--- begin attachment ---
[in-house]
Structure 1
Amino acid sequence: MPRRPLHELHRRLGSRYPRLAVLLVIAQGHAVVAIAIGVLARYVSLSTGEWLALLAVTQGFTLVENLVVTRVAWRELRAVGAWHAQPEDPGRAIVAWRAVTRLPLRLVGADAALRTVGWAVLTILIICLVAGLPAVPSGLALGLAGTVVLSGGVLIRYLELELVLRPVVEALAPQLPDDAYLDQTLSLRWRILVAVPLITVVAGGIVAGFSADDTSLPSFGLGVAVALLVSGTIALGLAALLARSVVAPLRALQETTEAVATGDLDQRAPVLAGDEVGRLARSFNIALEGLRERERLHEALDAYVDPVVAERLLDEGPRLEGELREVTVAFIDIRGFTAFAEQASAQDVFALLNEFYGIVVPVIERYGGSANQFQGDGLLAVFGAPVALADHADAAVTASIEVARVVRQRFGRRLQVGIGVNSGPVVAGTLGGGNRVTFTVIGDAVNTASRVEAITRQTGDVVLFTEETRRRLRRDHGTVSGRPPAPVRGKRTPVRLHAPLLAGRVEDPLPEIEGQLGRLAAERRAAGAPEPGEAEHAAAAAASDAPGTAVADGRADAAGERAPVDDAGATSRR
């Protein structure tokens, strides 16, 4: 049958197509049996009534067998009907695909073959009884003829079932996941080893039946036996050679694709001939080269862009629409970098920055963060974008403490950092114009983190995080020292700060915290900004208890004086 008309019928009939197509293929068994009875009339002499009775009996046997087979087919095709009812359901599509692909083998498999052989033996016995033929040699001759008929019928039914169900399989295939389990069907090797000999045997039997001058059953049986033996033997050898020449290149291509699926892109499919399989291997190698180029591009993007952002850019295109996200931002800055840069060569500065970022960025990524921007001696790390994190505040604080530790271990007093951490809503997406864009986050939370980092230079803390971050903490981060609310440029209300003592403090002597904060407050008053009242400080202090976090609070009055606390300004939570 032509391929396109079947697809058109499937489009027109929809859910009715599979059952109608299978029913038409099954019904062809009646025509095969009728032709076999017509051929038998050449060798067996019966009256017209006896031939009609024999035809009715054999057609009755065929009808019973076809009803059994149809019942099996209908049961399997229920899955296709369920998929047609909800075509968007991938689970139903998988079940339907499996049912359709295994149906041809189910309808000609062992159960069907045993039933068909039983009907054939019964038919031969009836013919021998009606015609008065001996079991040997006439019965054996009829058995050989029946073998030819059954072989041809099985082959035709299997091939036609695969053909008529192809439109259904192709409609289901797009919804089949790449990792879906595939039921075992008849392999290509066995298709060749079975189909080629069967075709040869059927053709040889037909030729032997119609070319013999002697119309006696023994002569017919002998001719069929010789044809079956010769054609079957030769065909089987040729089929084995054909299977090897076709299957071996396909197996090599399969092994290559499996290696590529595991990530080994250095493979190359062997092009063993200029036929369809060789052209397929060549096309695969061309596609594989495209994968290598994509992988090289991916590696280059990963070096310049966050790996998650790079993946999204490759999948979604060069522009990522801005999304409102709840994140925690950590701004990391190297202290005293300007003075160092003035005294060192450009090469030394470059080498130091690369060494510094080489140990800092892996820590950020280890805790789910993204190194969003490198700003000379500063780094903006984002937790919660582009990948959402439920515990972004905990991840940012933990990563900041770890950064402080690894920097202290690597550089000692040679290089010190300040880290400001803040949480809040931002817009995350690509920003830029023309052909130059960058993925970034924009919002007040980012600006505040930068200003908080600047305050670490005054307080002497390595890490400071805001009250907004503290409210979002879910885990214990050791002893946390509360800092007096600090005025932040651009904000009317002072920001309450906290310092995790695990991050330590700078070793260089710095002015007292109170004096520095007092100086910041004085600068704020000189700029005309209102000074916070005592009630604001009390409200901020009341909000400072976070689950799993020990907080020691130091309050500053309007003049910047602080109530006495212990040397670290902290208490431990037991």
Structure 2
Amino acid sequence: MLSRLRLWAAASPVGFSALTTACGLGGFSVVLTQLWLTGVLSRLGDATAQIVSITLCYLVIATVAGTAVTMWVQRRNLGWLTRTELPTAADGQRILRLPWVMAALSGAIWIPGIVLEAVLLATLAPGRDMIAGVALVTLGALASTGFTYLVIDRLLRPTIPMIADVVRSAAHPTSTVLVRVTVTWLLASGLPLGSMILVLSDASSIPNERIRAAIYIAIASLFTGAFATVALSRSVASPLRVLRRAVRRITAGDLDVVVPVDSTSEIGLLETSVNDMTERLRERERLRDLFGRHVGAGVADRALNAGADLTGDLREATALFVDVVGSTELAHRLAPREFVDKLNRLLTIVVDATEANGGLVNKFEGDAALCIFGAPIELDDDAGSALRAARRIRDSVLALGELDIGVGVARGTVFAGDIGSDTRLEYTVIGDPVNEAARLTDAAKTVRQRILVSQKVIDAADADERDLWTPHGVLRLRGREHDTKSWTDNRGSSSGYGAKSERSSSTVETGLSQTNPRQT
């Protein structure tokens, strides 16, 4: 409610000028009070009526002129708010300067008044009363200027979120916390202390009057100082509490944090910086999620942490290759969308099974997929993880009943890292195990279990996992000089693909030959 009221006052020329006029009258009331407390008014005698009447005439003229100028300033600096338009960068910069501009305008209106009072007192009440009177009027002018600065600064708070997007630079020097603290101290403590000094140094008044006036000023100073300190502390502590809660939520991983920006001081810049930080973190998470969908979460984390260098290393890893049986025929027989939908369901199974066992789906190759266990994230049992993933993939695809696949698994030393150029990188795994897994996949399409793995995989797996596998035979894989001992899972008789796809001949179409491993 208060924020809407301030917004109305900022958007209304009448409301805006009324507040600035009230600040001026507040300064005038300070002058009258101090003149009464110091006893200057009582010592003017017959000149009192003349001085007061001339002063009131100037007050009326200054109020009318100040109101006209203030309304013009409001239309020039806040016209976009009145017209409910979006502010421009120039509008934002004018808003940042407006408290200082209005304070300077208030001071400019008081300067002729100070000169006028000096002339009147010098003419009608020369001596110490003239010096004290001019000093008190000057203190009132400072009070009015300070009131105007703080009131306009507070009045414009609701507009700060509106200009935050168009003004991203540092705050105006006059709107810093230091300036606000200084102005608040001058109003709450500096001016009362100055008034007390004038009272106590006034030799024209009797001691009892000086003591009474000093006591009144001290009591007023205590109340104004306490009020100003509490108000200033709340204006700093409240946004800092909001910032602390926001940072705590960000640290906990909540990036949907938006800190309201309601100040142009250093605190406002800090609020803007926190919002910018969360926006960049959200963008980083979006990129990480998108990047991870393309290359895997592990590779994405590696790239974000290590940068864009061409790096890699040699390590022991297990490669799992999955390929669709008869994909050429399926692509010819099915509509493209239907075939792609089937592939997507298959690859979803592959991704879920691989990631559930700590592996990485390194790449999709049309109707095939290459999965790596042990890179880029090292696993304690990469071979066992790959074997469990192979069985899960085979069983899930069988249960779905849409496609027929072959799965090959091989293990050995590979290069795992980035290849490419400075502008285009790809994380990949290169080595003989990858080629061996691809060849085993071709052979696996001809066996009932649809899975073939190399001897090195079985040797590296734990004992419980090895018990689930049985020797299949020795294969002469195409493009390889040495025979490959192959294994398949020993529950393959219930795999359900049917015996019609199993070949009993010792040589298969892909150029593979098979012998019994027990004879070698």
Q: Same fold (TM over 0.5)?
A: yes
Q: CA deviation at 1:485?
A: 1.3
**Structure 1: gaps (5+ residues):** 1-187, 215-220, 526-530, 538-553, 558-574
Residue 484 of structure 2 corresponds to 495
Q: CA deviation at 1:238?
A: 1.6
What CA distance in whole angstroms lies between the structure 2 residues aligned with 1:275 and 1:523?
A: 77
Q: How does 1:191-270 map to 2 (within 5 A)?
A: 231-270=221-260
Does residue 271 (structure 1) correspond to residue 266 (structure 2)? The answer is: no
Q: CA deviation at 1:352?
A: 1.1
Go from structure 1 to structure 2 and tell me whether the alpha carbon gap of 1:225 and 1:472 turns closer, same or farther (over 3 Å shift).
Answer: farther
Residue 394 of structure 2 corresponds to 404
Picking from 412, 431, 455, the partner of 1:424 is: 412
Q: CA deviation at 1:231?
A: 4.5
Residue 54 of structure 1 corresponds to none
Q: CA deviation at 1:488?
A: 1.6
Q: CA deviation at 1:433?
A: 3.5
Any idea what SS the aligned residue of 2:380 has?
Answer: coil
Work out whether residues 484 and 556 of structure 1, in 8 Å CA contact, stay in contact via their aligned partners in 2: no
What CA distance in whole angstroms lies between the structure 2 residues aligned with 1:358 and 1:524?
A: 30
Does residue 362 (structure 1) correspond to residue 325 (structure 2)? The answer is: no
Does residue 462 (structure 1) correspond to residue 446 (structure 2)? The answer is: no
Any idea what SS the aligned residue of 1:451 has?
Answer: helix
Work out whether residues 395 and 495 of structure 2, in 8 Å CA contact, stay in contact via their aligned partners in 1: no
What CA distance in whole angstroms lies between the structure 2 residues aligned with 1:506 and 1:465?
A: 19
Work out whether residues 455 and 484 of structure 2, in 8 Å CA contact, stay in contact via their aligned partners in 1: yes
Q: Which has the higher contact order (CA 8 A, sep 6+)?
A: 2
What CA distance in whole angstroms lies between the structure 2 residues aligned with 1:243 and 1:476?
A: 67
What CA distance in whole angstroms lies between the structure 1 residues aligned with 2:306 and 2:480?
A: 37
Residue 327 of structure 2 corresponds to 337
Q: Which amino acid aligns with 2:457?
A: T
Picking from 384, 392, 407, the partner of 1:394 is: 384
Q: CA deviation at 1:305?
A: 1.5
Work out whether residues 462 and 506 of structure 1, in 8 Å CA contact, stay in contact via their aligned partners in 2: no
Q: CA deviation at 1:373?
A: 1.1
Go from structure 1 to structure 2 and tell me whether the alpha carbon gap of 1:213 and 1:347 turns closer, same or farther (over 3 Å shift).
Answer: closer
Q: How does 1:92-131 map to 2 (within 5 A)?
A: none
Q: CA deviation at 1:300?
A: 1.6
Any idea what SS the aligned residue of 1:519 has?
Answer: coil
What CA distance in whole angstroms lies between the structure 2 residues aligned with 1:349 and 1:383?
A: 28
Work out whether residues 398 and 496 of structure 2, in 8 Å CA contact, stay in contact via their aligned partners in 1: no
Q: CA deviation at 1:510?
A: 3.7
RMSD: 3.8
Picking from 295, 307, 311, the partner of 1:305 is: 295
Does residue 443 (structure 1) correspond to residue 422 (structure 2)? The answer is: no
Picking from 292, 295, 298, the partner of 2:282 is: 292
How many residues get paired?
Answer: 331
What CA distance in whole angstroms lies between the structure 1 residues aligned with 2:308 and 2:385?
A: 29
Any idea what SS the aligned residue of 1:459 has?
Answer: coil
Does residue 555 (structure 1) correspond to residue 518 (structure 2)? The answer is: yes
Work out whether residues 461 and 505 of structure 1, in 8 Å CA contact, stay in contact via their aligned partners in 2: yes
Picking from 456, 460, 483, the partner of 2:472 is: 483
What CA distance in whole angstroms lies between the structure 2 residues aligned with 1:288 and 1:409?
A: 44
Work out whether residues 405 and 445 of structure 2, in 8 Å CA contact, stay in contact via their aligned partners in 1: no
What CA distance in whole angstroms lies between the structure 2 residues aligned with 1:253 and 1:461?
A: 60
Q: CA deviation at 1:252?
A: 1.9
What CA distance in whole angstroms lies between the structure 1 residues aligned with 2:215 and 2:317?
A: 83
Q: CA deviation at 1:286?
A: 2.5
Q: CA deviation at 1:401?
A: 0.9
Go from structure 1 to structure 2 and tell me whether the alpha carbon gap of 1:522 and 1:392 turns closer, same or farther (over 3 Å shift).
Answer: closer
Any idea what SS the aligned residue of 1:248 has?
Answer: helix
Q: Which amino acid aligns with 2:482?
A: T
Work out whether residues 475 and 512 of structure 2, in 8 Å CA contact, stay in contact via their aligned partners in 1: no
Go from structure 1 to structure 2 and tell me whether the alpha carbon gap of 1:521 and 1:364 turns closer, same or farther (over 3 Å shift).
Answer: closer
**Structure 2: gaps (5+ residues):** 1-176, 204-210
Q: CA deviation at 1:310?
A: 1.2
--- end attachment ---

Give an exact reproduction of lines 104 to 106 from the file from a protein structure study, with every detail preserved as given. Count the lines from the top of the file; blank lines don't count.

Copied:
Answer: helix
Q: Which amino acid aligns with 2:482?
A: T